Earthquake calls blamed on jet sonic boom
Public reports of an earthquake felt in south east Scotland and north east England have been blamed on the sonic boom from a military jet.
The British Geological Survey (BGS) was called by people as far apart as Eyemouth in the Borders and just north of Sunderland on Thursday afternoon.
It contacted the RAF which had two military jets on exercise in the area.
RAF Boulmer confirmed a single Tornado GR4 fighter aircraft had completed a pre-planned supersonic sortie.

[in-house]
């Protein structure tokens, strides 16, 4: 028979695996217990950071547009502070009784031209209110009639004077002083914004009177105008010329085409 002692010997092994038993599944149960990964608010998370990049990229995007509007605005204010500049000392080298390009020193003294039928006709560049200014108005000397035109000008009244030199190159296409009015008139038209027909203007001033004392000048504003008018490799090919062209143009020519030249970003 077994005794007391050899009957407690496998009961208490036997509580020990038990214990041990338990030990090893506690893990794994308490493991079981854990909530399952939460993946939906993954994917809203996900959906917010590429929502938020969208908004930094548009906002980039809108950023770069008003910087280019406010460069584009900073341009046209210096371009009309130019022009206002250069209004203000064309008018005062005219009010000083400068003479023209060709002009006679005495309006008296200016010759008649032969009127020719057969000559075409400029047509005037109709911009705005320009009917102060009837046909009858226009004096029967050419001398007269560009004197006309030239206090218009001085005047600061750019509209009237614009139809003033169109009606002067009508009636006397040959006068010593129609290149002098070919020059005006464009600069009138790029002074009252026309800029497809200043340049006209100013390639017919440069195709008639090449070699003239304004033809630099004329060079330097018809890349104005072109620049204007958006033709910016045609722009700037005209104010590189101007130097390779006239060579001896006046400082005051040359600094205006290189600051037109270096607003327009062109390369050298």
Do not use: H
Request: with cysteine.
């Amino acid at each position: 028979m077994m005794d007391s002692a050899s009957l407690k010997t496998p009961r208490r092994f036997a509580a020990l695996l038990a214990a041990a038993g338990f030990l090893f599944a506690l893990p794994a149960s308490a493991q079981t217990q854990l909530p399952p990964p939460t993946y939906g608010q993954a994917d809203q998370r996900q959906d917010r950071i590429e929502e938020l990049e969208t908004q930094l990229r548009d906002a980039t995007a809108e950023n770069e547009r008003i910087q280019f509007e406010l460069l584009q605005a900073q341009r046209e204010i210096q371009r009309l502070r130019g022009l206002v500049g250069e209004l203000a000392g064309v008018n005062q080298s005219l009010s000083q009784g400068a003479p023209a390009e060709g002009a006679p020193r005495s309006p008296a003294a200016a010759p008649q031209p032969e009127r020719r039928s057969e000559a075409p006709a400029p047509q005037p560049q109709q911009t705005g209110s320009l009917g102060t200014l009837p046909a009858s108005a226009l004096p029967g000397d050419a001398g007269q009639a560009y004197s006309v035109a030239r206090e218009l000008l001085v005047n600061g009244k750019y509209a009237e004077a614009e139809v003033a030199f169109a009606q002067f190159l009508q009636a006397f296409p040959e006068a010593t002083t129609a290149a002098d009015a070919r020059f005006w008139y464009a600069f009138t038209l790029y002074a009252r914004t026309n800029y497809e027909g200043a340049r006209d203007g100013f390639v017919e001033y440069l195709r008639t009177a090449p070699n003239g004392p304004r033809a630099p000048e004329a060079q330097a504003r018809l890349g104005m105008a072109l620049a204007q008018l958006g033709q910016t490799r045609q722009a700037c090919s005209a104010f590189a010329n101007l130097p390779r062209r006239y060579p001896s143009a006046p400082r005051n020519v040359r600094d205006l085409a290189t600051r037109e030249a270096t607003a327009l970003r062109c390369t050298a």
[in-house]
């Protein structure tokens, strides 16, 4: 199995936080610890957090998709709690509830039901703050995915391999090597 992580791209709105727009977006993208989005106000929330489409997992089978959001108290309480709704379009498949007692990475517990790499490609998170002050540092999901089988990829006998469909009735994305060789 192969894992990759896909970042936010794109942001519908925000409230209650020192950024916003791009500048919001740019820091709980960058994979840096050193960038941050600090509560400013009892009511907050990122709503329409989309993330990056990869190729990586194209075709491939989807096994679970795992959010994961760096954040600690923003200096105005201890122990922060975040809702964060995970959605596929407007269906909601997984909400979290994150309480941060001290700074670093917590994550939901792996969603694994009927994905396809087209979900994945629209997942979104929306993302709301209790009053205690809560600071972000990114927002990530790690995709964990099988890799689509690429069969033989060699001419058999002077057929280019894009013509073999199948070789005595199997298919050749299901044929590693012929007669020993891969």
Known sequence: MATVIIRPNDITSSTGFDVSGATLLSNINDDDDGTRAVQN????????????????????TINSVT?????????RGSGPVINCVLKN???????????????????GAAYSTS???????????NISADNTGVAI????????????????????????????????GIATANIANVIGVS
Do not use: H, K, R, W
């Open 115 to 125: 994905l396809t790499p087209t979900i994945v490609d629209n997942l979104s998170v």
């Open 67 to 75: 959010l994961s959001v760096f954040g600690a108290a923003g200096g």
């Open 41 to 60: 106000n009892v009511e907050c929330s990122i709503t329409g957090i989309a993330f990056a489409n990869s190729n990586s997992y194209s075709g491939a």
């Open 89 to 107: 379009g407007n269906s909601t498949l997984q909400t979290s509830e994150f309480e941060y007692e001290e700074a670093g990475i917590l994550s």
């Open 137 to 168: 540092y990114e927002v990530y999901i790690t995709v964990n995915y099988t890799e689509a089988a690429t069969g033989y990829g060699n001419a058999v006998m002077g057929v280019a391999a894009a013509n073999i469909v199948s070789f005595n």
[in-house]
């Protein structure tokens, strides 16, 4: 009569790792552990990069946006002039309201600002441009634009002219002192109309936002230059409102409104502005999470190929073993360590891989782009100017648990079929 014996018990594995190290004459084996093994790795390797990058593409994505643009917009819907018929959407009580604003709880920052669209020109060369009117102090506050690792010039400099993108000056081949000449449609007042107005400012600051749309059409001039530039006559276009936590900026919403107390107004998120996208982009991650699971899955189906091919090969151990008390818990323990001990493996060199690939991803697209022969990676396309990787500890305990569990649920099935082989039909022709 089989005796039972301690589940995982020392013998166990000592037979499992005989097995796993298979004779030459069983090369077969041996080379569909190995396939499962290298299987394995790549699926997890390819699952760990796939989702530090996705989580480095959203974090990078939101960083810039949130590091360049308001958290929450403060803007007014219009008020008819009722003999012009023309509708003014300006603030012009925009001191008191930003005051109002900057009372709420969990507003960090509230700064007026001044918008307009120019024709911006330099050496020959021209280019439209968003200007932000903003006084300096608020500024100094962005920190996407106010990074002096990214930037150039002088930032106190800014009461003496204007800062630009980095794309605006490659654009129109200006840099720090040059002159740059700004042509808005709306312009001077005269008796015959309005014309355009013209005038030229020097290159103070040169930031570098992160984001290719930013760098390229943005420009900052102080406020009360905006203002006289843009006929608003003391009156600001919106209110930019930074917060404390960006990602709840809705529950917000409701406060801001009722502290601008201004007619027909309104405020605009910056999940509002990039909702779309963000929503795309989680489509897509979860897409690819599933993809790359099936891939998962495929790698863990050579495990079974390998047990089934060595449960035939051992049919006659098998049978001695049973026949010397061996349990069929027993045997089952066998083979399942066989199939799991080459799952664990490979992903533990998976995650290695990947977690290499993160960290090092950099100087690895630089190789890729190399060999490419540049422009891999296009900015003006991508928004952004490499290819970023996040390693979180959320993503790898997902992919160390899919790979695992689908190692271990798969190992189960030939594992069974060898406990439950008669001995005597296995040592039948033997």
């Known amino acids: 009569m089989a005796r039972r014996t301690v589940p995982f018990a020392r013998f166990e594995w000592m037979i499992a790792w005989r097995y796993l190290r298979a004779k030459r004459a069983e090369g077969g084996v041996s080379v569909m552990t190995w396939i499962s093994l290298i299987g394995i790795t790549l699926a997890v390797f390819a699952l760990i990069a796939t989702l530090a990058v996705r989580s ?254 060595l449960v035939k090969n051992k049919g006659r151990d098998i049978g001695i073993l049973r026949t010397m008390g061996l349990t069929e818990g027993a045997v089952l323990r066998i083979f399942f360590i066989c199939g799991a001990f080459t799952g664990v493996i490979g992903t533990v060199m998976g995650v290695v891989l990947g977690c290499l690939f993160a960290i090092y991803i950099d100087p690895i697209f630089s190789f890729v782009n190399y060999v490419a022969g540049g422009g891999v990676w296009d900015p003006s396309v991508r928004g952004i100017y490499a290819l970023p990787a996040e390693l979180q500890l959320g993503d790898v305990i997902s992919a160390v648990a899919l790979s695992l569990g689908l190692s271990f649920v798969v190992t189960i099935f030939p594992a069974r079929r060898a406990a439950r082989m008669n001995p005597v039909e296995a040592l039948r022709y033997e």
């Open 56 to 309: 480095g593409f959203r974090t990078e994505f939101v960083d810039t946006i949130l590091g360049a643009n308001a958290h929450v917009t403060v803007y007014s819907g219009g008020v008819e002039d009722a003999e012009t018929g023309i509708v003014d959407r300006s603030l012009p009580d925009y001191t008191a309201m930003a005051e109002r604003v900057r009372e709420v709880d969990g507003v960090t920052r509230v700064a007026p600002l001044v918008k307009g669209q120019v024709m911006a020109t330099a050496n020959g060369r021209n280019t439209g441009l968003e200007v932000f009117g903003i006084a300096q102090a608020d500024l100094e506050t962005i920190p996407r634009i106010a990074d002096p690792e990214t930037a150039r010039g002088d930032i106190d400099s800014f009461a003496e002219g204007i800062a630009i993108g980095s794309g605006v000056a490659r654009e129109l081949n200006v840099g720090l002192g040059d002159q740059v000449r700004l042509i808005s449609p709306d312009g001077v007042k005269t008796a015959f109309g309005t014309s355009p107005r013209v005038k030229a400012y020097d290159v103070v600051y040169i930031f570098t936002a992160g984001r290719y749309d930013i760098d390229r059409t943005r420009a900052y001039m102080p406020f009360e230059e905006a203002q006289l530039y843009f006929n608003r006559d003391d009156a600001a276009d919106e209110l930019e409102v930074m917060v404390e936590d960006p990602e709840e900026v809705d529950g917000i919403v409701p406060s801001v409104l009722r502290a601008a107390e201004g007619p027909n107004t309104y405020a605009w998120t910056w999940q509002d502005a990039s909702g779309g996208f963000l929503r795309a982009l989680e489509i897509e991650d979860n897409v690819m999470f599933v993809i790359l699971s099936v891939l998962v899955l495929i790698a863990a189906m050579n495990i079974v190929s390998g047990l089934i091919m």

The incident happened at about 15:15, after which the BGS started to receive reports from towns and villages spread about 70 miles (115km) apart along the east coast.
The BGS said the furthest inland reports were received from Duns, Wooler and Bedlington.
One reported that "the whole house shook violently for a couple of seconds" while another described it as a "very heavy rumble, as if an absolutely massive lorry had passed right next to me".
A sonic boom is the sound associated with the shock waves created when an object, such as an aircraft, breaks the sound barrier.